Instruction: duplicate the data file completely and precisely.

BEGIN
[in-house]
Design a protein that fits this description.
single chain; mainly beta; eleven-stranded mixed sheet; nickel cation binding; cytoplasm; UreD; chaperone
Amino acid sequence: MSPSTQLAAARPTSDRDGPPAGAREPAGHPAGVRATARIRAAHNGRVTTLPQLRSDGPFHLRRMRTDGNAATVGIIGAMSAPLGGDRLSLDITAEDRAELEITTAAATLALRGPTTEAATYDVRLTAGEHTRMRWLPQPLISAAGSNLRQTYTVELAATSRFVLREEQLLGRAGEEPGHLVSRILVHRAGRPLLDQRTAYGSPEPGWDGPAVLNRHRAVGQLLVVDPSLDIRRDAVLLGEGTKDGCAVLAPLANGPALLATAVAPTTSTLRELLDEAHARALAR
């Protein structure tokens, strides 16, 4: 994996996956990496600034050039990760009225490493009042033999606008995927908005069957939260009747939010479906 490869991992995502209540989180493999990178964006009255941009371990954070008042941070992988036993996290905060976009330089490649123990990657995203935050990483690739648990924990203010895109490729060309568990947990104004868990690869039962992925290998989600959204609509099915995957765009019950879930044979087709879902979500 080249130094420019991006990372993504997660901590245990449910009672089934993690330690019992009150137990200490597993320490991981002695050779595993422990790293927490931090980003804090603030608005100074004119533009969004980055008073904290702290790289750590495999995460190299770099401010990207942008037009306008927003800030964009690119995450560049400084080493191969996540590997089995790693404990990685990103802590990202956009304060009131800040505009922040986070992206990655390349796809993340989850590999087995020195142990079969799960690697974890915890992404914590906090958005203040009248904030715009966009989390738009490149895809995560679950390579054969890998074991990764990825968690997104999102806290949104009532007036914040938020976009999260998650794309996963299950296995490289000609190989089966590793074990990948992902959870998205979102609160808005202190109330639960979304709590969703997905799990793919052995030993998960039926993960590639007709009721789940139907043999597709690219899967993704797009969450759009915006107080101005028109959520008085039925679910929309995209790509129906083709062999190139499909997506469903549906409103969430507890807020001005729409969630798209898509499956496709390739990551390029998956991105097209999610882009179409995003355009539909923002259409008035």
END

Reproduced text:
[in-house]
Design a protein that fits this description.
single chain; mainly beta; eleven-stranded mixed sheet; nickel cation binding; cytoplasm; UreD; chaperone
Amino acid sequence: MSPSTQLAAARPTSDRDGPPAGAREPAGHPAGVRATARIRAAHNGRVTTLPQLRSDGPFHLRRMRTDGNAATVGIIGAMSAPLGGDRLSLDITAEDRAELEITTAAATLALRGPTTEAATYDVRLTAGEHTRMRWLPQPLISAAGSNLRQTYTVELAATSRFVLREEQLLGRAGEEPGHLVSRILVHRAGRPLLDQRTAYGSPEPGWDGPAVLNRHRAVGQLLVVDPSLDIRRDAVLLGEGTKDGCAVLAPLANGPALLATAVAPTTSTLRELLDEAHARALAR
């Protein structure tokens, strides 16, 4: 994996996956990496600034050039990760009225490493009042033999606008995927908005069957939260009747939010479906 490869991992995502209540989180493999990178964006009255941009371990954070008042941070992988036993996290905060976009330089490649123990990657995203935050990483690739648990924990203010895109490729060309568990947990104004868990690869039962992925290998989600959204609509099915995957765009019950879930044979087709879902979500 080249130094420019991006990372993504997660901590245990449910009672089934993690330690019992009150137990200490597993320490991981002695050779595993422990790293927490931090980003804090603030608005100074004119533009969004980055008073904290702290790289750590495999995460190299770099401010990207942008037009306008927003800030964009690119995450560049400084080493191969996540590997089995790693404990990685990103802590990202956009304060009131800040505009922040986070992206990655390349796809993340989850590999087995020195142990079969799960690697974890915890992404914590906090958005203040009248904030715009966009989390738009490149895809995560679950390579054969890998074991990764990825968690997104999102806290949104009532007036914040938020976009999260998650794309996963299950296995490289000609190989089966590793074990990948992902959870998205979102609160808005202190109330639960979304709590969703997905799990793919052995030993998960039926993960590639007709009721789940139907043999597709690219899967993704797009969450759009915006107080101005028109959520008085039925679910929309995209790509129906083709062999190139499909997506469903549906409103969430507890807020001005729409969630798209898509499956496709390739990551390029998956991105097209999610882009179409995003355009539909923002259409008035």